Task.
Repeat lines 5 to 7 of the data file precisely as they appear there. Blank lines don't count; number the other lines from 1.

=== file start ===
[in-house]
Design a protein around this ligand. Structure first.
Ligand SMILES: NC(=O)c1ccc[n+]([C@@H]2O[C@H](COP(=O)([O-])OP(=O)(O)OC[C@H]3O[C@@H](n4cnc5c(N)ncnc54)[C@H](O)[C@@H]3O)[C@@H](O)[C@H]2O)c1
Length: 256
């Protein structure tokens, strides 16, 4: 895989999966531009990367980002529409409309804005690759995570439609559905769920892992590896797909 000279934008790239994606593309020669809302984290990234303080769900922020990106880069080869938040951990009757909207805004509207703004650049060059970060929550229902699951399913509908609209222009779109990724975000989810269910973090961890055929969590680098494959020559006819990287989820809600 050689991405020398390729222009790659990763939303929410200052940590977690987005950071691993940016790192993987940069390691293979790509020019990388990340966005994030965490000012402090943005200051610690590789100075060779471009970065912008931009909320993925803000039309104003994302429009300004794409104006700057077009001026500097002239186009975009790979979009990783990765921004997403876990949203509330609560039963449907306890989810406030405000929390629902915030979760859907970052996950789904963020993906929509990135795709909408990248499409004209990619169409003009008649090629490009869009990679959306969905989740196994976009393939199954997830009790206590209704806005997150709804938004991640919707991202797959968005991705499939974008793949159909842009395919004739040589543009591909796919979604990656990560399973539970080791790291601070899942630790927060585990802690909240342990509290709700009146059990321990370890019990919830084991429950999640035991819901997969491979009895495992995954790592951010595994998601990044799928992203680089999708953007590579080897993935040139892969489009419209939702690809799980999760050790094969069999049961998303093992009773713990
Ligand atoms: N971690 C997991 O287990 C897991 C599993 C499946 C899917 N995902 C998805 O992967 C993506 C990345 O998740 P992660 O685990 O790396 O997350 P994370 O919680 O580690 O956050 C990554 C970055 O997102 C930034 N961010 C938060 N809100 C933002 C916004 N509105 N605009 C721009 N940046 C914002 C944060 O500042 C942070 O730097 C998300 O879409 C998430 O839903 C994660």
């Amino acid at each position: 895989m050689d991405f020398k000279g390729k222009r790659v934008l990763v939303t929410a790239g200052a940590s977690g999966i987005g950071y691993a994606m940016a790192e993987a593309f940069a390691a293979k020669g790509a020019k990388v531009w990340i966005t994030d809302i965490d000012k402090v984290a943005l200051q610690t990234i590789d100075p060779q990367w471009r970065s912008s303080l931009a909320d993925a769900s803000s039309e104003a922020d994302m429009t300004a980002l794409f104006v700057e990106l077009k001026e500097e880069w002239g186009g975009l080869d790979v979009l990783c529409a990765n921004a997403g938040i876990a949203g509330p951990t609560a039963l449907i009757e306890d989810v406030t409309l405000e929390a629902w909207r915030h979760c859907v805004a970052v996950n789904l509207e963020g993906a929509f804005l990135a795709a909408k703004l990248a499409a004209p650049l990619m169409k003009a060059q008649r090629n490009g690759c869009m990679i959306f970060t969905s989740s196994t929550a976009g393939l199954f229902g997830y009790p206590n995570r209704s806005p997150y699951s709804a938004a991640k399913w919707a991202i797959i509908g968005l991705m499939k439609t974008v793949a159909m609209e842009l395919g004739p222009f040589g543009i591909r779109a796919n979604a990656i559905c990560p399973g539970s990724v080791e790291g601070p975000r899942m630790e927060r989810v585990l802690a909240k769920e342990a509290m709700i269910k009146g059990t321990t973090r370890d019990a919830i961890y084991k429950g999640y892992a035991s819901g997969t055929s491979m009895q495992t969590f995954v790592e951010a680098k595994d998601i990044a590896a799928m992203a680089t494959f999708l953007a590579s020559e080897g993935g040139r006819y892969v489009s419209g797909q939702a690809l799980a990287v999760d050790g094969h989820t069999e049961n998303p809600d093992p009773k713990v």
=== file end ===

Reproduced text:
């Protein structure tokens, strides 16, 4: 895989999966531009990367980002529409409309804005690759995570439609559905769920892992590896797909 000279934008790239994606593309020669809302984290990234303080769900922020990106880069080869938040951990009757909207805004509207703004650049060059970060929550229902699951399913509908609209222009779109990724975000989810269910973090961890055929969590680098494959020559006819990287989820809600 050689991405020398390729222009790659990763939303929410200052940590977690987005950071691993940016790192993987940069390691293979790509020019990388990340966005994030965490000012402090943005200051610690590789100075060779471009970065912008931009909320993925803000039309104003994302429009300004794409104006700057077009001026500097002239186009975009790979979009990783990765921004997403876990949203509330609560039963449907306890989810406030405000929390629902915030979760859907970052996950789904963020993906929509990135795709909408990248499409004209990619169409003009008649090629490009869009990679959306969905989740196994976009393939199954997830009790206590209704806005997150709804938004991640919707991202797959968005991705499939974008793949159909842009395919004739040589543009591909796919979604990656990560399973539970080791790291601070899942630790927060585990802690909240342990509290709700009146059990321990370890019990919830084991429950999640035991819901997969491979009895495992995954790592951010595994998601990044799928992203680089999708953007590579080897993935040139892969489009419209939702690809799980999760050790094969069999049961998303093992009773713990
Ligand atoms: N971690 C997991 O287990 C897991 C599993 C499946 C899917 N995902 C998805 O992967 C993506 C990345 O998740 P992660 O685990 O790396 O997350 P994370 O919680 O580690 O956050 C990554 C970055 O997102 C930034 N961010 C938060 N809100 C933002 C916004 N509105 N605009 C721009 N940046 C914002 C944060 O500042 C942070 O730097 C998300 O879409 C998430 O839903 C994660």
């Amino acid at each position: 895989m050689d991405f020398k000279g390729k222009r790659v934008l990763v939303t929410a790239g200052a940590s977690g999966i987005g950071y691993a994606m940016a790192e993987a593309f940069a390691a293979k020669g790509a020019k990388v531009w990340i966005t994030d809302i965490d000012k402090v984290a943005l200051q610690t990234i590789d100075p060779q990367w471009r970065s912008s303080l931009a909320d993925a769900s803000s039309e104003a922020d994302m429009t300004a980002l794409f104006v700057e990106l077009k001026e500097e880069w002239g186009g975009l080869d790979v979009l990783c529409a990765n921004a997403g938040i876990a949203g509330p951990t609560a039963l449907i009757e306890d989810v406030t409309l405000e929390a629902w909207r915030h979760c859907v805004a970052v996950n789904l509207e963020g993906a929509f804005l990135a795709a909408k703004l990248a499409a004209p650049l990619m169409k003009a060059q008649r090629n490009g690759c869009m990679i959306f970060t969905s989740s196994t929550a976009g393939l199954f229902g997830y009790p206590n995570r209704s806005p997150y699951s709804a938004a991640k399913w919707a991202i797959i509908g968005l991705m499939k439609t974008v793949a159909m609209e842009l395919g004739p222009f040589g543009i591909r779109a796919n979604a990656i559905c990560p399973g539970s990724v080791e790291g601070p975000r899942m630790e927060r989810v585990l802690a909240k769920e342990a509290m709700i269910k009146g059990t321990t973090r370890d019990a919830i961890y084991k429950g999640y892992a035991s819901g997969t055929s491979m009895q495992t969590f995954v790592e951010a680098k595994d998601i990044a590896a799928m992203a680089t494959f999708l953007a590579s020559e080897g993935g040139r006819y892969v489009s419209g797909q939702a690809l799980a990287v999760d050790g094969h989820t069999e049961n998303p809600d093992p009773k713990v």